Wealth Management – Monthly Market Summary
Victor Balfour, William Haggard, and William Therlin, Wealth Management
Fed lifts bonds and stocks
Both sovereign bonds and global equity markets rallied in March, +1.9% and +1.6%, respectively (in local currency). Key events included:
- Fed reiterates neutral stance; ECB pushes back first rate rise;
- Weak external demand continues to weigh on global manufacturers;
- Brexit delayed; trade tensions recede
Equity markets continued to rally in March, despite a brief setback during the month driven by weaker than expected global data and a temporary inversion of the 10y-3m US treasury curve, resurrecting fears of a US recession. The US 10y yield fell back to a 15-month low and the 10y German bund turned negative for the first time since 2016. Meanwhile, geopolitical tensions - Brexit notwithstanding - seemed to recede, with the US and China reportedly closer to a trade resolution.
US: Full employment, Fed on hold, Mueller's reprieve
US retail sales and consumer confidence staged a strong rebound in the latest month. The pace of job creation in February looked erratically weak, but the unemployment rate fell back to 3.8% - a 50-year low - and wage growth moved to a cycle high of 3.4% (y-o-y). The Fed nonetheless reiterated its neutral policy stance, 'officially' pushing back the two rate hikes expected for this year and confirming that the reduction of its balance sheet ('QT') will conclude in September. The much-anticipated Mueller report revealed that there was no collusion between Trump and Russia during the 2016 election but fell short of exonerating the President. An increasingly divided Democrat party - with perhaps a dozen contenders for the 2020 race - seems unlikely to take up the mantle of impeachment.
Europe: Mixed data, ECB dovish, Brexit delayed
European manufacturing remained weak in March as PMIs in France (49.7) and Germany (44.1) took another leg down. Two highly cyclical sectors - capital goods and autos - are suffering most from the fallout of protectionism and Brexit deadlock. Other indicators, such as Germany's IFO survey (99.6) posted a small bounce recently, while unemployment rates (4.9% in Germany) continue to fall. Mario Draghi sounded increasingly dovish as the ECB pushed back its first rate rise beyond 2019 and lowered its growth outlook this year to 1.1% (previously 1.7%). In the UK, PM May's efforts - and willingness to resign as PM if her “meaningful vote” passes - have been hindered again by an indecisive Parliament. Agreeing on a much longer extension or revoking Article 50 are increasingly possible outcomes.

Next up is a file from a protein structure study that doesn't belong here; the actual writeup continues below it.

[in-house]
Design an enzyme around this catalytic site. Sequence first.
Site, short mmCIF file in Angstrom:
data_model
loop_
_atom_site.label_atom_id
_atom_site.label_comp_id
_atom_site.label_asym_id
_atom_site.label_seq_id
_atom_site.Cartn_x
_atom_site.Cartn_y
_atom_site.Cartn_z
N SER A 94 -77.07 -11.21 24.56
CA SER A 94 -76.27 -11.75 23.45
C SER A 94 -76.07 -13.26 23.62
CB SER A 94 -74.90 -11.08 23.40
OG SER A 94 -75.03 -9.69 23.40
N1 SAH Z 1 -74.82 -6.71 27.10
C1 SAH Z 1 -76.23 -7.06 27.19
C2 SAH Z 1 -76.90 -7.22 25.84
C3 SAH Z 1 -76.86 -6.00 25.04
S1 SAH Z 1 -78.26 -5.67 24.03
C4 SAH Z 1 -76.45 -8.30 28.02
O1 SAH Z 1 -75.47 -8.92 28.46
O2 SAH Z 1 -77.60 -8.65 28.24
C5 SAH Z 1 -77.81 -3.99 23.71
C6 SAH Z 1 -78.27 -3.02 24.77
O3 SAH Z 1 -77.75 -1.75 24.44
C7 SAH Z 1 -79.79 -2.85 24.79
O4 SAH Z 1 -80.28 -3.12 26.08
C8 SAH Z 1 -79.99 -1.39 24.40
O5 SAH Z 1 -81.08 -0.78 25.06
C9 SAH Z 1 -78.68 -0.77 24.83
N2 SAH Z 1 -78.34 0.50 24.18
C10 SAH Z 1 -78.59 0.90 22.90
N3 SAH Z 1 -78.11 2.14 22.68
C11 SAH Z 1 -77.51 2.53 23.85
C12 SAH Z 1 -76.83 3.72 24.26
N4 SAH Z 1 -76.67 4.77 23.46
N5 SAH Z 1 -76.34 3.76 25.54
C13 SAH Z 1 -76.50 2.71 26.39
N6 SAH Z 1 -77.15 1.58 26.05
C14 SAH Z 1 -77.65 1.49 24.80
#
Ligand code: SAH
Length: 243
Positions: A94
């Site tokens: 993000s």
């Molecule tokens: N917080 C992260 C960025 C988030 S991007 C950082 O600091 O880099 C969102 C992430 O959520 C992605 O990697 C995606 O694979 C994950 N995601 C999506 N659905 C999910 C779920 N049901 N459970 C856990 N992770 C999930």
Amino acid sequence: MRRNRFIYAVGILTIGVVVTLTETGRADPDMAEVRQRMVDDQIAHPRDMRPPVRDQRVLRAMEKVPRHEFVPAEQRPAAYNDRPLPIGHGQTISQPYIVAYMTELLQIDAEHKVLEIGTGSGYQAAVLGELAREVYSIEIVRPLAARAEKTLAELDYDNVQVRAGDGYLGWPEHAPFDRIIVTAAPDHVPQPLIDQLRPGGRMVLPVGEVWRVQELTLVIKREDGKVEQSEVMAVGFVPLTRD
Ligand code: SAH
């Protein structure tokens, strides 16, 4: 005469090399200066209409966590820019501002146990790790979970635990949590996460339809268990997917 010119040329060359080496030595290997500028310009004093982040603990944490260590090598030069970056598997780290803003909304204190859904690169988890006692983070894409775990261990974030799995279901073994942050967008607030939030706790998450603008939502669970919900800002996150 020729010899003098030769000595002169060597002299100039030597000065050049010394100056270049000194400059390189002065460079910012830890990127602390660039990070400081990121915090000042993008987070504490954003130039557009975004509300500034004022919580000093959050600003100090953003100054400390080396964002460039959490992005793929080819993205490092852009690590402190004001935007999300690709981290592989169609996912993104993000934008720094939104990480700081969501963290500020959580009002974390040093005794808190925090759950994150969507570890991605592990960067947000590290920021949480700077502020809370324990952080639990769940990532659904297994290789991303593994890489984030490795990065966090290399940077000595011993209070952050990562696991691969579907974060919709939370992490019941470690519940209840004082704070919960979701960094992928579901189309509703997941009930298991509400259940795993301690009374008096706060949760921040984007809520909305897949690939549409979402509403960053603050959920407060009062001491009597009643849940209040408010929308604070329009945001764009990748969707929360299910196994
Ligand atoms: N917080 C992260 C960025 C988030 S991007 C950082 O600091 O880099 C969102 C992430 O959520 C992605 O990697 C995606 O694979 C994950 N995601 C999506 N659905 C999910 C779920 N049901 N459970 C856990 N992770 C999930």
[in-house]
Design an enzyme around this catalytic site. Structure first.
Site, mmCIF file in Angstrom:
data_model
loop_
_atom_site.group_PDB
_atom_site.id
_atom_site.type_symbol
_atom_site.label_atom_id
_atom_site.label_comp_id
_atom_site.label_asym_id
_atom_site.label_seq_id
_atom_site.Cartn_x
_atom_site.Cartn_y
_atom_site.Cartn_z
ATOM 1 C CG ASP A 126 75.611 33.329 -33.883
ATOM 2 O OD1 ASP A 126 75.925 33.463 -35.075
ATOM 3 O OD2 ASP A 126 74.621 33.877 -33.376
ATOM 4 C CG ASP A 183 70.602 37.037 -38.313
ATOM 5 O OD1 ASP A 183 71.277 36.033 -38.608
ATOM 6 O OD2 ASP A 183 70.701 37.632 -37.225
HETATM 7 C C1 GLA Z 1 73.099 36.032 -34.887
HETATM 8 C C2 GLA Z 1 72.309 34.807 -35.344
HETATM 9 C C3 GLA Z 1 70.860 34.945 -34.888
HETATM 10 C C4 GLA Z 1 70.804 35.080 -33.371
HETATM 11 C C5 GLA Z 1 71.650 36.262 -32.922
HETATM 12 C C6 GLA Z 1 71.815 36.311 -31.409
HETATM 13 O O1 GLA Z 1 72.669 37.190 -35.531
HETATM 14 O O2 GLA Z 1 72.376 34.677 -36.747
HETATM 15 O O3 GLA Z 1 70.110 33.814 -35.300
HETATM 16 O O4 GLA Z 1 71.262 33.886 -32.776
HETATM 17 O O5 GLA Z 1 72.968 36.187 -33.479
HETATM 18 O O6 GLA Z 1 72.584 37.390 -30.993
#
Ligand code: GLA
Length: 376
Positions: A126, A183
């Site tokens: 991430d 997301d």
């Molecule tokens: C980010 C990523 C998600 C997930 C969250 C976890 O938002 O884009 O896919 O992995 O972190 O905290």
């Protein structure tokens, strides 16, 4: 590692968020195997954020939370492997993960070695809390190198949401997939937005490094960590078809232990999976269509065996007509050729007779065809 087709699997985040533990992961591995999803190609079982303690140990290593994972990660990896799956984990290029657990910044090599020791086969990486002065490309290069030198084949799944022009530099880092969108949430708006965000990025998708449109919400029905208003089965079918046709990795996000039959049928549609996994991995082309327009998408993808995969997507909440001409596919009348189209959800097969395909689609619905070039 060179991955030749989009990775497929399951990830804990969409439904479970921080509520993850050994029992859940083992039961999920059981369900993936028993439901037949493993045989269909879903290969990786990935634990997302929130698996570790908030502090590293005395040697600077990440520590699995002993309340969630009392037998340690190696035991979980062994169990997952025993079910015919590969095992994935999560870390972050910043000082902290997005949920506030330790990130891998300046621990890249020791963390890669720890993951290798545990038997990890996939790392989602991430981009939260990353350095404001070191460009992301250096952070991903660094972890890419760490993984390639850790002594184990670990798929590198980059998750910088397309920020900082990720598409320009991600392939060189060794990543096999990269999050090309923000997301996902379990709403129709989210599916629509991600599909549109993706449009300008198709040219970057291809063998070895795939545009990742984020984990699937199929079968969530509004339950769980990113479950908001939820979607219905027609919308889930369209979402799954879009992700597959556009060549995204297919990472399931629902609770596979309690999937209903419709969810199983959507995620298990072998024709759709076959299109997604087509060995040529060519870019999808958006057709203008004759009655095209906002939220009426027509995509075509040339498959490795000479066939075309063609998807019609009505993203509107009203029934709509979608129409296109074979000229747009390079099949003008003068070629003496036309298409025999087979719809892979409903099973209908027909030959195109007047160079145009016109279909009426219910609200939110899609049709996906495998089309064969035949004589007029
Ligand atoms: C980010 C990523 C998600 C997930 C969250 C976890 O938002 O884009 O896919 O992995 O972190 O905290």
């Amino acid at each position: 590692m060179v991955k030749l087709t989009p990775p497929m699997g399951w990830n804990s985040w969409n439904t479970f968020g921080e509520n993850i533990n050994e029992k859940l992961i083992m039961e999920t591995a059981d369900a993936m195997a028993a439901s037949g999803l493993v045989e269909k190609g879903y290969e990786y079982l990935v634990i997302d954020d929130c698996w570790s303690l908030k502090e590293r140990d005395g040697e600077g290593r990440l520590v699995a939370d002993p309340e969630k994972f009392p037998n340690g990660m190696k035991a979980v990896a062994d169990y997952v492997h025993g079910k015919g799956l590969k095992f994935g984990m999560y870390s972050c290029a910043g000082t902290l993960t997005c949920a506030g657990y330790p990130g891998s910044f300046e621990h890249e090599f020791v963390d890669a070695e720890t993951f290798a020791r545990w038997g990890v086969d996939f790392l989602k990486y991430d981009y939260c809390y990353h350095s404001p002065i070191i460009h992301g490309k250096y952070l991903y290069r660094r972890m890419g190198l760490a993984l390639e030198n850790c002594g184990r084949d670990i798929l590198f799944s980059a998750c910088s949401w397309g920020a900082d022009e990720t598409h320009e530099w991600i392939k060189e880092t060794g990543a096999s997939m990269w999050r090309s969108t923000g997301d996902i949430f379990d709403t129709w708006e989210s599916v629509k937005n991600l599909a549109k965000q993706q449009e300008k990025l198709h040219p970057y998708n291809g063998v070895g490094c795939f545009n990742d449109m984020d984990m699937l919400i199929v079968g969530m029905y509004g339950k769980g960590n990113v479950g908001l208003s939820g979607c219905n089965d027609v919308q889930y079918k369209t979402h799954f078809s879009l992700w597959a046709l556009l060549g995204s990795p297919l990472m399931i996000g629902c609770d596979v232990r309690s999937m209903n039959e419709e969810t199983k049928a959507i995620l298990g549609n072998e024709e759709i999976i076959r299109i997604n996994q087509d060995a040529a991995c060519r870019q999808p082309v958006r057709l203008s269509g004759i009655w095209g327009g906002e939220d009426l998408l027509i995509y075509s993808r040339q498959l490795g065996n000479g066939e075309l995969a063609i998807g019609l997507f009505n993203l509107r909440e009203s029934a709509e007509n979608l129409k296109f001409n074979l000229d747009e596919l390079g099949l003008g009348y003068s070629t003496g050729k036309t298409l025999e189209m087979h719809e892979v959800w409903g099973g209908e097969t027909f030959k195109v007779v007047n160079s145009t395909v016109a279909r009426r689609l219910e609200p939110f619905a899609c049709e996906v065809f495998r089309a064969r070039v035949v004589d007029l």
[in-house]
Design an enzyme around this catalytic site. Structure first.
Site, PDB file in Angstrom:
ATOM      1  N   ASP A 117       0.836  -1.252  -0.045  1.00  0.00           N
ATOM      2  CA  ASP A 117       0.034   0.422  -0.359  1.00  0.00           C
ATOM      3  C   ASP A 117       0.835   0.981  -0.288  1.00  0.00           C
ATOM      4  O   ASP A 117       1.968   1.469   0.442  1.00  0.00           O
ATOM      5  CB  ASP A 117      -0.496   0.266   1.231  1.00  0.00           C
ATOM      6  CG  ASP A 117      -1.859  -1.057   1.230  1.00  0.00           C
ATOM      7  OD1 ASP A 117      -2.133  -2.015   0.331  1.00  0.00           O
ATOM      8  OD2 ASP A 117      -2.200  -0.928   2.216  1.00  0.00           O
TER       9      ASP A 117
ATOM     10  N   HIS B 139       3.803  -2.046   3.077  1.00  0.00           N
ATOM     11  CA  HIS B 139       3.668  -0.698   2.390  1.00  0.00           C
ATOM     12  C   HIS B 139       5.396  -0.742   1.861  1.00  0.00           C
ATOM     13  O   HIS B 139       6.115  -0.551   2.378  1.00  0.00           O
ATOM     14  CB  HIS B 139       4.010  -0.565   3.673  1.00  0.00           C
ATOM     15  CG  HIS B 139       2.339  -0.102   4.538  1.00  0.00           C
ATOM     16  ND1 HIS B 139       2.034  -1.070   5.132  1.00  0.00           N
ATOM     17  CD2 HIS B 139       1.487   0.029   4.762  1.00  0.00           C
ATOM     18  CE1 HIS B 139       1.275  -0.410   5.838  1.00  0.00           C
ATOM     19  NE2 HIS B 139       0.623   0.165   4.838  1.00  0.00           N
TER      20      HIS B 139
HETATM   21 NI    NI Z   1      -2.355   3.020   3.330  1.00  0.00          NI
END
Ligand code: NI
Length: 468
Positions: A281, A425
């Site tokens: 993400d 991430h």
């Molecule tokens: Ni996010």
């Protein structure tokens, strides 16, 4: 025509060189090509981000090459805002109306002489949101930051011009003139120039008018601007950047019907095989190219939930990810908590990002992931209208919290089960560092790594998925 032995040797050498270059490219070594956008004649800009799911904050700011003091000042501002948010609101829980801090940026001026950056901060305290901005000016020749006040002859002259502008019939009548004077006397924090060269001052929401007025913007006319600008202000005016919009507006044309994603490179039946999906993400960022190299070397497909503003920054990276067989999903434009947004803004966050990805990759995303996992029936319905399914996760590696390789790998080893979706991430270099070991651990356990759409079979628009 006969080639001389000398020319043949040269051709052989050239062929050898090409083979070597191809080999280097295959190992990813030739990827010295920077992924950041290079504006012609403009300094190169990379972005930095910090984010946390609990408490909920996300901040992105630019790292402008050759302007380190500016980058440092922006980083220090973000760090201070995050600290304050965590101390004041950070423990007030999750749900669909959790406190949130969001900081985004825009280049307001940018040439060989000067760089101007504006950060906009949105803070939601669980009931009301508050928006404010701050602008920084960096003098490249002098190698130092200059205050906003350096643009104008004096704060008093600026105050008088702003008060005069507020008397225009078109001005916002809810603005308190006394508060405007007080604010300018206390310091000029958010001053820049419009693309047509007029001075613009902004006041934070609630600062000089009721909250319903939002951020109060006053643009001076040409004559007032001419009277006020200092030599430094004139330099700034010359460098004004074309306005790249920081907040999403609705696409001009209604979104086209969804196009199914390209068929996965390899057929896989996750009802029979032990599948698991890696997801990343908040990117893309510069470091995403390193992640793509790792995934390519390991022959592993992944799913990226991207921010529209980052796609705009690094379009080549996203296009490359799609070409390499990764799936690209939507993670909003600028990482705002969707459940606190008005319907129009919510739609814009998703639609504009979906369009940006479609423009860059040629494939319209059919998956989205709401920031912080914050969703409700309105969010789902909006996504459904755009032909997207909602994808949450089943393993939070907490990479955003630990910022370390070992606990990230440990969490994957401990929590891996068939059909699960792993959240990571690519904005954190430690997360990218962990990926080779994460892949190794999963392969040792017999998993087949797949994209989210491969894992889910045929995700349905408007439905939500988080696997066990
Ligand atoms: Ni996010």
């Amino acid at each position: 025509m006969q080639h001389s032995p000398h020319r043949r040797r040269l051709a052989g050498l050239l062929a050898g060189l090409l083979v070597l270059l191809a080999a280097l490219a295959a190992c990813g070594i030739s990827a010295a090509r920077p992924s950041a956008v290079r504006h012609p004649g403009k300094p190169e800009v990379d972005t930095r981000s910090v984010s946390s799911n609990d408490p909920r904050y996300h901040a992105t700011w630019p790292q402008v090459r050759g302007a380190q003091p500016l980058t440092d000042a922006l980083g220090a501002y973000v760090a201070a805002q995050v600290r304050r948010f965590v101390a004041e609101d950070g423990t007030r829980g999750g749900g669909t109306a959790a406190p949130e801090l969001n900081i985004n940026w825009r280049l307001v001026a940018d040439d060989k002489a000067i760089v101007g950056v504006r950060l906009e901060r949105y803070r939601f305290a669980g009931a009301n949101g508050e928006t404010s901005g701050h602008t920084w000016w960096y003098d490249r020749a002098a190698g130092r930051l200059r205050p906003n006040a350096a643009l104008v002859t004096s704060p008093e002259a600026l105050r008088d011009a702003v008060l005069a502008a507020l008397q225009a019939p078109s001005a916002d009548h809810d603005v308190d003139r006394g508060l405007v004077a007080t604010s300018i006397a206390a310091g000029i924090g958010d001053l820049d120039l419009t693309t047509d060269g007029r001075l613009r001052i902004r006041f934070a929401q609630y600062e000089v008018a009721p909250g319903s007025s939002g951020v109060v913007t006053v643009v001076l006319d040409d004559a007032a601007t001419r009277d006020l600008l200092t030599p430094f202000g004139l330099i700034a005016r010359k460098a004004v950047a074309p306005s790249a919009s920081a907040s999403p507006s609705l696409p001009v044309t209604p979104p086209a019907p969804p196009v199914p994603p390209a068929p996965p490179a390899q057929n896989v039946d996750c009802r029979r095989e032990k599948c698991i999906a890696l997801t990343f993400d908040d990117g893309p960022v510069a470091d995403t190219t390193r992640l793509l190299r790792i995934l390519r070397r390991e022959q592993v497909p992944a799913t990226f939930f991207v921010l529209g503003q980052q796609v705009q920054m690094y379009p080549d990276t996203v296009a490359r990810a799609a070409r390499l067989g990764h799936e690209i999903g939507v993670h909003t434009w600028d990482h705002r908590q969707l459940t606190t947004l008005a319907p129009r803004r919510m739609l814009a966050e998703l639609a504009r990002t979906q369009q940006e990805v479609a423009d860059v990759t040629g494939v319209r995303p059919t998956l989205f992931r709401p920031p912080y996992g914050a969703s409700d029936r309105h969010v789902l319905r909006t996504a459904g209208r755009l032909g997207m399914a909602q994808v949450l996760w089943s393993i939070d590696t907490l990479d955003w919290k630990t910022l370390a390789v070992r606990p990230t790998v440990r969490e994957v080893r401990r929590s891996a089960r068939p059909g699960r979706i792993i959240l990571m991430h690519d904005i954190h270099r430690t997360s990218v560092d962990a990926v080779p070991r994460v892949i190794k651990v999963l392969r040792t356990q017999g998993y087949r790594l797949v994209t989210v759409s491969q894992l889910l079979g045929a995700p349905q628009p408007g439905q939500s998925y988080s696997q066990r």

Asia: China stabilising, Japan's manufacturing slowdown
China's economic soft landing may have started to stabilise, with retail sales and fixed asset investment - the first official data since the Chinese New Year - appearing to have turned a corner, supported by fiscal easing. Industrial production growth (5.3% y-o-y) continues to slow, but appears relatively resilient by the standards of disappointments in other economies. Further tax cuts due on 1st April, and monetary loosening, may limit further weakness. Japan's quarterly Tankan survey was disappointing. Both current manufacturing conditions and the outlook showed a sharp deterioration, driven mostly by slowdown in external demand. In contrast, the service sector seems to be in much better health.
(total return in local currency)
Sources: Bloomberg, Rothschild & Co
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